Wine52 Explores the Balaton, Hungary
The latest case from Wine52 takes us to Hungary’s Lake Balaton, a huge lake central to Hungarian holidaymaking and life. The Balaton is a passion for all Hungarians, much loved and renowned for companionship, fun and of course wine. The region is surrounded by vineyards, a mixture of larger producers and family-owned plots which rarely make it outside of Hungary. And after tasting this case, who can blame them for keeping it all?
You will likely know Hungarian wine for one event a year, Christmas. Tokaji is often a treat to go with Christmas pudding or a cheese board for many and has largely overshadowed still wine production in Hungary. However, still wine is the most produced style by far. Admittedly, many families own small vineyards and make it for themselves, but as already said, it is rarely exported even if made by larger producers.
I’d like to focus on all the wines of this case, but there would be far too much to say, so I’ve honed in on my top 2.
Cafrang Rajnai Rizling
Incidentally the first I tried as I was eager to see what Hungary could do with the grape. It was perfumed and aromatic with a deep citrus core providing the fruit. As you might expect from zippy Riesling, lemon, lime and sour apple led the pack, with the lemon almost taking on a sherbet quality. White peach and acacia lent softness to this helping balance it out.
The palate was delightfully rounded, which can be an issue with Riesling. Certainly, the acidity was high, but not quite as high as you might expect from German or Austrian styles. You can tell the Balaton is a much warmer climate due to the riper fruit. It was more reminiscent of an Australian Riesling, cheeky suckingly dry and citrusy. Peach, apricot and juicy pear helped smooth out the zesty lime and lemon rind whilst a gentle hint of peppermint left a particularly fresh feeling on the palate. The finish lingered and left my mouth watering quite emphatically as the acidity teased away.
Thoughtfully sourced wines that express the Balaton as the hotbed of innovative winemaking it has become.
Kanikula, Bordeaux Blend
If you haven’t been to the Balaton, the label gives you a fantastic insight into the atmosphere during the Summer. Bordeaux blends can be hit and miss, often stuck between replicating the wines of Bordeaux and trying something new but losing character along the way. This wine perfectly mimics the Bordeaux style. You’d be hard pressed to identify it as anything else. The aromas were uncannily similar as blackcurrant, plum and blackberry led the fruits whilst menthol and tomato leaf gave a strong indication of a high proportion of Cabernet Sauvignon in the blend. Judicious use of oak was also very clear with woodsmoke and cassis.
The palate was again an unerring example of a good quality Bordeaux. The fruits were warming with blackberry, blackcurrant, plum and a strong helping of cranberry. I found the old oak influence even better integrated with the palate, giving subtler depth to the profile. The herbaceous element of Cabernet remained as well with a gentle hint of menthol acting as a spicier influence. You’ll also find that tomato leaf in the mix. The wine did show some early signs of development, in particular leather and chocolate had begun to come through and give the wine some good depth. Finally, the finish was soothing and robust as the expertly integrated tannin helped it slip down.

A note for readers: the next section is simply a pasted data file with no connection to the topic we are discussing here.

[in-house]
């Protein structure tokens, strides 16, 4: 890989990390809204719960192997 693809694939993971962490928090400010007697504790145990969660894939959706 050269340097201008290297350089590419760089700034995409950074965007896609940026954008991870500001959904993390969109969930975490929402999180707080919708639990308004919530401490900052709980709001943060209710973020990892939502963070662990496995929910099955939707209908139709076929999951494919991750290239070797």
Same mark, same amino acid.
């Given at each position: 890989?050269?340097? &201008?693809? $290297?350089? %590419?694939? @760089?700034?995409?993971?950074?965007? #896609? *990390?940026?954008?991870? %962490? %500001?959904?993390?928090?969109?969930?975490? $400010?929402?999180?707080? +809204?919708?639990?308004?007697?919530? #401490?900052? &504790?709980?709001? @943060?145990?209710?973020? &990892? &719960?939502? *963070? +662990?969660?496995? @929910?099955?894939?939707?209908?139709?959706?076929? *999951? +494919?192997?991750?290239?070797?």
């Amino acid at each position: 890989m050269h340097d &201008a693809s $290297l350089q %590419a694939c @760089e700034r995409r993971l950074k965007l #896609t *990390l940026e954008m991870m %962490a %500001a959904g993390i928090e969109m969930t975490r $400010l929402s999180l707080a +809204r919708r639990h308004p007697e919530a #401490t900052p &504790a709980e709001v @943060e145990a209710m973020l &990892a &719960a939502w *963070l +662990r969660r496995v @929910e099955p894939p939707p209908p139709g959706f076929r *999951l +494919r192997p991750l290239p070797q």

I’d actually suggest hanging onto this wine for a little while, if you can, as there is some room for it to improve but it does drink very well now too. An excellent food wine and a great example of Hungarian winemaking.
The name, meaning Princess, also deserves a mention. The grape is equally unpronounceable: Kiralyleanyka, or better known as Feteasca Regala which tends to hit the UK market from Moldovan wineries. However, it is worth noting this is a point of debate and some treat it as a separate variety altogether. Nonetheless, it isn’t at all far off if it is different.
It is a very light style of wine, displaying ripe peach and apricot aromas with a heavily perfumed undertone. It has beautiful florality too with honeysuckle and orange blossom. It in fact most reminded me of a cross between Muscadet and Asti due to its distinctive grapey flavour. It is uncommonly rare for a wine to actually smell of the things it is made out of, but this no doubt has Thompsons seedless about it. A slightly sweet flavour of sugar cane persists underneath a bed of zippy acidity, really brining it to life and making it perfect for hot weather drinking.
Overall, another fantastic case from Wine52 with thoughtfully sourced wines that express the Balaton as the hotbed of innovative winemaking it has become.
This blog was written by our wine expert, David Andrews. Read his Instagram blog @oinosattheoikos
Updated 2nd August 2023